By DAVID N. GOODMAN
MOUNT CLEMENS, Mich. Sep 19, 2006 (AP)â€” Eminem, his estranged wife and their lawyers met privately in a judge’s chambers Tuesday but failed to agree to terms for the couple’s second divorce.
“We didn’t settle it, so all we did was set it for mediation,” Macomb County Circuit Judge Antonio Viviano told reporters after the conference, which lasted about an hour.
Eminem, whose real name is Marshall Mathers III, filed for divorce from Kimberley Mathers on April 5, 82 days after their second wedding.
The couple had daughter Hailie in 1996, married in 1999, divorced in 2001, remarried on Jan. 14 and then quickly separated again.
The 33-year-old rapper has used his sometimes tormented relationship with his high school sweetheart as a source of some of his angriest lyrics.
Kimberley Mathers, 31, has another daughter and is raising her sister’s daughter. Eminem has been legal guardian of his half brother.
Kimberley Mathers declined comment on her way out of the courthouse. Eminem wasn’t seen leaving the building.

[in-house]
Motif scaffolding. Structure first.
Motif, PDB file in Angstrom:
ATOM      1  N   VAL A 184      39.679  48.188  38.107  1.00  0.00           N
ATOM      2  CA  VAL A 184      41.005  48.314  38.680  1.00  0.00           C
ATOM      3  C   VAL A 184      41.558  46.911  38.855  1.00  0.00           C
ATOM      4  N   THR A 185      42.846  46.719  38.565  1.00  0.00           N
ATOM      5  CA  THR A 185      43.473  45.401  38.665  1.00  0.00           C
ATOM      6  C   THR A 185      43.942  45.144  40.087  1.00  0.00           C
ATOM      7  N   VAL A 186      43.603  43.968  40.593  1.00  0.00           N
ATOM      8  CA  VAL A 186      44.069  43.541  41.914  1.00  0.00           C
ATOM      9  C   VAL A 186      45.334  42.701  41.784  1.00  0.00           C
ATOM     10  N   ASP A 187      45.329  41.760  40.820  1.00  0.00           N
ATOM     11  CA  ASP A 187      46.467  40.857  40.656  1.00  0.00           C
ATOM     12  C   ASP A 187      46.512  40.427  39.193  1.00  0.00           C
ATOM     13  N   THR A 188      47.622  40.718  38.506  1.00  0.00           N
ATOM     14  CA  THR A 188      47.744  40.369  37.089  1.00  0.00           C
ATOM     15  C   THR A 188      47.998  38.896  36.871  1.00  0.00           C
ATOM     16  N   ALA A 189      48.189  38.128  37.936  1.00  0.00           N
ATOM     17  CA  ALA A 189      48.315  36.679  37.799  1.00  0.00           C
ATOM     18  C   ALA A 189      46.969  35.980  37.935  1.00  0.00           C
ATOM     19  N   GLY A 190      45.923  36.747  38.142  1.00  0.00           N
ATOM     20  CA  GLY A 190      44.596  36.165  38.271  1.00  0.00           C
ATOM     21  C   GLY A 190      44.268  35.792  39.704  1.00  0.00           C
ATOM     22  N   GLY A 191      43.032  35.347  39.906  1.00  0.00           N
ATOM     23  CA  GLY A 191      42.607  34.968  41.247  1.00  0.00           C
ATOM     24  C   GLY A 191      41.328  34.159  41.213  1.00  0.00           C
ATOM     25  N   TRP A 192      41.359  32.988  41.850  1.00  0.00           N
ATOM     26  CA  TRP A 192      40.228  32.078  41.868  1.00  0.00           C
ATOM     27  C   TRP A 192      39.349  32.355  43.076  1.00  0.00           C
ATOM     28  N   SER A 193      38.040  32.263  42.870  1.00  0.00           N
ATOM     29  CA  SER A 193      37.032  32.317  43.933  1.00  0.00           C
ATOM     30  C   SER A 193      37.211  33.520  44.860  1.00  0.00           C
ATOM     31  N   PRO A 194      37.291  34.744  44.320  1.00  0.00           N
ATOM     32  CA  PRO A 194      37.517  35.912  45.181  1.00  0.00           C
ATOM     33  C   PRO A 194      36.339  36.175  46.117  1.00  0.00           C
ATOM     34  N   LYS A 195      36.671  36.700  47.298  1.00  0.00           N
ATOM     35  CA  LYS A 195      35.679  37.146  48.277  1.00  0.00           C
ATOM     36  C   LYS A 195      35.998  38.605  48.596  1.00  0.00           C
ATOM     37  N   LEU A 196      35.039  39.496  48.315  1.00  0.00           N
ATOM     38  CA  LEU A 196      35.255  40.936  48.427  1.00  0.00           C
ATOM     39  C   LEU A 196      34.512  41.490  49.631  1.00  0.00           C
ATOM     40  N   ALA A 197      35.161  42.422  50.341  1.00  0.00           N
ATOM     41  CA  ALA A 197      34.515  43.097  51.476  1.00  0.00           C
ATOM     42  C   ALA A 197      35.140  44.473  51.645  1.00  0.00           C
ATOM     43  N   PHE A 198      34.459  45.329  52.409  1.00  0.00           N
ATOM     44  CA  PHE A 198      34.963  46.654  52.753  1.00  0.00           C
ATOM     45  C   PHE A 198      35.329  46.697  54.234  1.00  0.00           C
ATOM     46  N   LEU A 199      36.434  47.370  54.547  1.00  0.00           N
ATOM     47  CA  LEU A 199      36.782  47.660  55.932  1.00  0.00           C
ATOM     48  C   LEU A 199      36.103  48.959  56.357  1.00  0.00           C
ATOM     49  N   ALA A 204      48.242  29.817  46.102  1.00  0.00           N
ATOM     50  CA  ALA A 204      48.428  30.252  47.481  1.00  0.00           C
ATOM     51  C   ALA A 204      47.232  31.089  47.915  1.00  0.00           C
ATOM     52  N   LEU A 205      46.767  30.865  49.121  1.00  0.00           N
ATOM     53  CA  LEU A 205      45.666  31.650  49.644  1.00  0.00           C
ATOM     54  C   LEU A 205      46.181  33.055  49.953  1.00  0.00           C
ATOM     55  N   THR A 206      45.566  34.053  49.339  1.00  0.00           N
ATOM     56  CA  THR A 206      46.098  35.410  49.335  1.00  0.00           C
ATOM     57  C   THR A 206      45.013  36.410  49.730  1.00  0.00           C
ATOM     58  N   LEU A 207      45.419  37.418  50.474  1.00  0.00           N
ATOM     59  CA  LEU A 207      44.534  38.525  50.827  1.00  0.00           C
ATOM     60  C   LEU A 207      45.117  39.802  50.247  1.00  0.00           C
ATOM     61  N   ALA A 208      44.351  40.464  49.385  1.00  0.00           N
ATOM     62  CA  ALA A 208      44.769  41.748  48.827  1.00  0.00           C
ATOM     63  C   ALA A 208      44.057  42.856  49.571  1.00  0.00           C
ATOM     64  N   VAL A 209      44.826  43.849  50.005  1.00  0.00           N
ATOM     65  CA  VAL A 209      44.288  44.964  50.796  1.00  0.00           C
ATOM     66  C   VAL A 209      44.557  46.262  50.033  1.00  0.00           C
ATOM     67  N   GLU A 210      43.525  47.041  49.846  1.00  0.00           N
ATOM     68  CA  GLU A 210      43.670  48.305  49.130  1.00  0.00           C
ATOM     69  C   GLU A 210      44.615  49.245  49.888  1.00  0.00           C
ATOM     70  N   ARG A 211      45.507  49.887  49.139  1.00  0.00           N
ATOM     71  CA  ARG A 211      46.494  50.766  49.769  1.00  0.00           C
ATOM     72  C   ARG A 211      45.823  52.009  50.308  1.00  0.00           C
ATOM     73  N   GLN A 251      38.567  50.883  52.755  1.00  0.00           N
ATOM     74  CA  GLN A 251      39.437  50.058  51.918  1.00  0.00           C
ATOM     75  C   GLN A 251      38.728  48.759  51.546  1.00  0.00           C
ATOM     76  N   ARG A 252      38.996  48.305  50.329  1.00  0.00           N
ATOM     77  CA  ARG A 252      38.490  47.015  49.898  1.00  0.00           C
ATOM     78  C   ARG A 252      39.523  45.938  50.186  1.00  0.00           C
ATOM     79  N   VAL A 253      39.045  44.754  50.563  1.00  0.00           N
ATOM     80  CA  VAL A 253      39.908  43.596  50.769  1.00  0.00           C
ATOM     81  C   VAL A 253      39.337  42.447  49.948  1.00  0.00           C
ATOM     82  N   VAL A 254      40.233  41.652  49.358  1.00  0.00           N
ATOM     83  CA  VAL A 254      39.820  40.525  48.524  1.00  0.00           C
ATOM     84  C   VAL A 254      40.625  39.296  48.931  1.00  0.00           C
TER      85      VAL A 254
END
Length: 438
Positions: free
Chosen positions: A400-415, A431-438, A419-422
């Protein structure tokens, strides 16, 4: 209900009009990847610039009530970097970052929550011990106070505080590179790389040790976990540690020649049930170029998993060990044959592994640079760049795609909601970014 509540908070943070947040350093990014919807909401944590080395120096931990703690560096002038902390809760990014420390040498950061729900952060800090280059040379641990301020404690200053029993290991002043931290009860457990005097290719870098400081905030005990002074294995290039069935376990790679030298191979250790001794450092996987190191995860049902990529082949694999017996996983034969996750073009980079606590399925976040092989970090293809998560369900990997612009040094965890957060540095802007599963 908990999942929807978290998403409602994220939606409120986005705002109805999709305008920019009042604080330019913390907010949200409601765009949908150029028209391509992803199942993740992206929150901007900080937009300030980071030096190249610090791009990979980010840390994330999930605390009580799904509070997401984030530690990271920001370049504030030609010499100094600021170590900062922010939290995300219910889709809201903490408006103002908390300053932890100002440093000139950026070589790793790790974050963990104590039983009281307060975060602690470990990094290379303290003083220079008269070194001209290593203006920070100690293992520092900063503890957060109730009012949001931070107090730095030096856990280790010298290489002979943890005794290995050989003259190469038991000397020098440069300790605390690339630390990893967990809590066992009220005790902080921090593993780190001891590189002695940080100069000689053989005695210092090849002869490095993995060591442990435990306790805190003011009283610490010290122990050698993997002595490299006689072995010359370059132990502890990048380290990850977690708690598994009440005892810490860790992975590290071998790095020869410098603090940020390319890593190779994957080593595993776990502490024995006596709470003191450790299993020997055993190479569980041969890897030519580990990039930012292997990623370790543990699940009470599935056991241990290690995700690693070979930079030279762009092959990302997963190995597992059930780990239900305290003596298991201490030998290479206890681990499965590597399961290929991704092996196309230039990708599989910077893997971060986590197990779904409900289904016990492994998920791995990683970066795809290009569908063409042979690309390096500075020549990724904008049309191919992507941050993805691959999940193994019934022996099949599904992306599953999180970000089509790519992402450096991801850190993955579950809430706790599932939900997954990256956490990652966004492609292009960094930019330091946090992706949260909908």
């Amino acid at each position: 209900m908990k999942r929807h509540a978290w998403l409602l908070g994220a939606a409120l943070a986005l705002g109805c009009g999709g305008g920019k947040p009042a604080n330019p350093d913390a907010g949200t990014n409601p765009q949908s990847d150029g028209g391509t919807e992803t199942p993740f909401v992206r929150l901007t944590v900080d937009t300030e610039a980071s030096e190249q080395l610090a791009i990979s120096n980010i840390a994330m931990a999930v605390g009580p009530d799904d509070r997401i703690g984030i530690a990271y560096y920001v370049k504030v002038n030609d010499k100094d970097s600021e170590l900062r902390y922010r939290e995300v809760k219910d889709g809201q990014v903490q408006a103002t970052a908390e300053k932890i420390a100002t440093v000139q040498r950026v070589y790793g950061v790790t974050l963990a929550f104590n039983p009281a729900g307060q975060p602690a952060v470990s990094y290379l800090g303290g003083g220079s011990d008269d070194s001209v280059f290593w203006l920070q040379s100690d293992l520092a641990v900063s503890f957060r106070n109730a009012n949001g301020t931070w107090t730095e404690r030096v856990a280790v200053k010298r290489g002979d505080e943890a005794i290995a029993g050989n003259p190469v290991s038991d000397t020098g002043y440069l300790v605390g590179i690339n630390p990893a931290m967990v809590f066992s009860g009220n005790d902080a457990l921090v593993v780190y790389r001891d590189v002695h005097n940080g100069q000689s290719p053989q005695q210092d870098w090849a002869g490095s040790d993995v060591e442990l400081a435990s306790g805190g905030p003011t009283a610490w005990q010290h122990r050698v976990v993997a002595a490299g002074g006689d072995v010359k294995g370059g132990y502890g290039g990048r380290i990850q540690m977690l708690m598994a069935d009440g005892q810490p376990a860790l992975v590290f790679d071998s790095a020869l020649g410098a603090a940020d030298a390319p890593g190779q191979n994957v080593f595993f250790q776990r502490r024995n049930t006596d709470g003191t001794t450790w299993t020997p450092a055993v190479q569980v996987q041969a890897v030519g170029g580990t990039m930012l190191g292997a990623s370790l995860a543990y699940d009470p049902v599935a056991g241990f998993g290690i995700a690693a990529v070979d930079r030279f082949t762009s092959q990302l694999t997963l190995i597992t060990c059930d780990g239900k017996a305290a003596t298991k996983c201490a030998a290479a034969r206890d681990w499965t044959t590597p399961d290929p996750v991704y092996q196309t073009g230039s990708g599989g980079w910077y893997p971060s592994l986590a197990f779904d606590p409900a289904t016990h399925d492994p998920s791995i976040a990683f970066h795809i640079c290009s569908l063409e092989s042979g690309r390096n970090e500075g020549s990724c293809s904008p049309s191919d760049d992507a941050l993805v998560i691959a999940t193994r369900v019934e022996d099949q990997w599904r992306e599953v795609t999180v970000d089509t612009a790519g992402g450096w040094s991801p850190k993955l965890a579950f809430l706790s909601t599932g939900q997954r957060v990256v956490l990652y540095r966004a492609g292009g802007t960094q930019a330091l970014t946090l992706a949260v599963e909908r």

His lawyer, Harvey Hauer, and Kimberley Mathers’ lawyer, Michael J. Smith, wouldn’t discuss the hearing but expressed optimism for a settlement.
“Mr. Mathers’ only concern is the welfare of his children,” Hauer said. “Hopefully, we’ll put the matter behind us.”
“Like Marshall â€¦ what she really wants is the welfare of the children,” Smith said. “The parties are hopeful that it will be settled amicably.”
Eminem has won nine Grammy Awards, including best rap album for “The Slim Shady LP,” “The Marshall Mathers LP” and “The Eminem Show.” He won an Oscar for the song “Lose Yourself” from “8 Mile,” the semi-autobiographical 2002 film in which he starred.
His latest recording project, “Eminem Presents: The Re-Up,” will be released in December.
Initially expected to be a street mixtape project designed to help launch new artists on his record label, Shady Records, the CD now will be offered for sale in record stores by Interscope Records.
Interscope is part of Universal Music Group Recordings Inc.
By DAVID N. GOODMAN